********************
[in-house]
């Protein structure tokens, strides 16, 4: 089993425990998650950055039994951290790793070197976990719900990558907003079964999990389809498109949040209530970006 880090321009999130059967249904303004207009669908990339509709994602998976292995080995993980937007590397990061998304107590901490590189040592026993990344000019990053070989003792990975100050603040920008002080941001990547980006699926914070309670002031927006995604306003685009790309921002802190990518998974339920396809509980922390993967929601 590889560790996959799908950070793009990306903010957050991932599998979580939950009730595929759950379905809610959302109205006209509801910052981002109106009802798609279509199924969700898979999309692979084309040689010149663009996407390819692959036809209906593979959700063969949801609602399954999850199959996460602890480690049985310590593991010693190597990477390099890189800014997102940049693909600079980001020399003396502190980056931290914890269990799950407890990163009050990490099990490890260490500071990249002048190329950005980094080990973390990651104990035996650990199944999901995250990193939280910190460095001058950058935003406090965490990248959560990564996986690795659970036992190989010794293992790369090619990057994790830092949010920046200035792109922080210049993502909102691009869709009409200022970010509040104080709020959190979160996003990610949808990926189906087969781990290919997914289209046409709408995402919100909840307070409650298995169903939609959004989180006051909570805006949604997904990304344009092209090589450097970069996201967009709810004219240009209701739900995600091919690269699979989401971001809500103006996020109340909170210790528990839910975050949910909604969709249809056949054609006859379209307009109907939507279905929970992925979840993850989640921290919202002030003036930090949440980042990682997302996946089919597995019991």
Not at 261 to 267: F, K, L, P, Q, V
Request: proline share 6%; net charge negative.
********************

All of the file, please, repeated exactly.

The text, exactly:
[in-house]
């Protein structure tokens, strides 16, 4: 089993425990998650950055039994951290790793070197976990719900990558907003079964999990389809498109949040209530970006 880090321009999130059967249904303004207009669908990339509709994602998976292995080995993980937007590397990061998304107590901490590189040592026993990344000019990053070989003792990975100050603040920008002080941001990547980006699926914070309670002031927006995604306003685009790309921002802190990518998974339920396809509980922390993967929601 590889560790996959799908950070793009990306903010957050991932599998979580939950009730595929759950379905809610959302109205006209509801910052981002109106009802798609279509199924969700898979999309692979084309040689010149663009996407390819692959036809209906593979959700063969949801609602399954999850199959996460602890480690049985310590593991010693190597990477390099890189800014997102940049693909600079980001020399003396502190980056931290914890269990799950407890990163009050990490099990490890260490500071990249002048190329950005980094080990973390990651104990035996650990199944999901995250990193939280910190460095001058950058935003406090965490990248959560990564996986690795659970036992190989010794293992790369090619990057994790830092949010920046200035792109922080210049993502909102691009869709009409200022970010509040104080709020959190979160996003990610949808990926189906087969781990290919997914289209046409709408995402919100909840307070409650298995169903939609959004989180006051909570805006949604997904990304344009092209090589450097970069996201967009709810004219240009209701739900995600091919690269699979989401971001809500103006996020109340909170210790528990839910975050949910909604969709249809056949054609006859379209307009109907939507279905929970992925979840993850989640921290919202002030003036930090949440980042990682997302996946089919597995019991």
Not at 261 to 267: F, K, L, P, Q, V
Request: proline share 6%; net charge negative.